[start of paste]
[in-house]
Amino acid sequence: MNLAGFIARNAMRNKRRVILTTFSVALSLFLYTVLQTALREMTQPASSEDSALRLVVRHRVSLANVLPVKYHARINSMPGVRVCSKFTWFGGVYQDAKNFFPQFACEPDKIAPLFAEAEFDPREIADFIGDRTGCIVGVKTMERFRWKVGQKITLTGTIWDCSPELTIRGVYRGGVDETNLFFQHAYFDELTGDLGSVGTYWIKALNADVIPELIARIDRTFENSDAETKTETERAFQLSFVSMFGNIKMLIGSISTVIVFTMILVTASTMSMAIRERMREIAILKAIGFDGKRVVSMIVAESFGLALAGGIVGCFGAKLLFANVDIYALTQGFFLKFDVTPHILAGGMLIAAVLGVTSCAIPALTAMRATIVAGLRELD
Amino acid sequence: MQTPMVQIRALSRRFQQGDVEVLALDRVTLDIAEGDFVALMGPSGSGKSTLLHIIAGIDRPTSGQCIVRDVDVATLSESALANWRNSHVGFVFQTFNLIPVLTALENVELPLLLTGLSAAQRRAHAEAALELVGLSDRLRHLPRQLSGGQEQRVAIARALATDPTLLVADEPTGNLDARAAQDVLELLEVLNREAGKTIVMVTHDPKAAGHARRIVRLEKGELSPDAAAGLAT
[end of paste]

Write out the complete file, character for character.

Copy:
[in-house]
Amino acid sequence: MNLAGFIARNAMRNKRRVILTTFSVALSLFLYTVLQTALREMTQPASSEDSALRLVVRHRVSLANVLPVKYHARINSMPGVRVCSKFTWFGGVYQDAKNFFPQFACEPDKIAPLFAEAEFDPREIADFIGDRTGCIVGVKTMERFRWKVGQKITLTGTIWDCSPELTIRGVYRGGVDETNLFFQHAYFDELTGDLGSVGTYWIKALNADVIPELIARIDRTFENSDAETKTETERAFQLSFVSMFGNIKMLIGSISTVIVFTMILVTASTMSMAIRERMREIAILKAIGFDGKRVVSMIVAESFGLALAGGIVGCFGAKLLFANVDIYALTQGFFLKFDVTPHILAGGMLIAAVLGVTSCAIPALTAMRATIVAGLRELD
Amino acid sequence: MQTPMVQIRALSRRFQQGDVEVLALDRVTLDIAEGDFVALMGPSGSGKSTLLHIIAGIDRPTSGQCIVRDVDVATLSESALANWRNSHVGFVFQTFNLIPVLTALENVELPLLLTGLSAAQRRAHAEAALELVGLSDRLRHLPRQLSGGQEQRVAIARALATDPTLLVADEPTGNLDARAAQDVLELLEVLNREAGKTIVMVTHDPKAAGHARRIVRLEKGELSPDAAAGLAT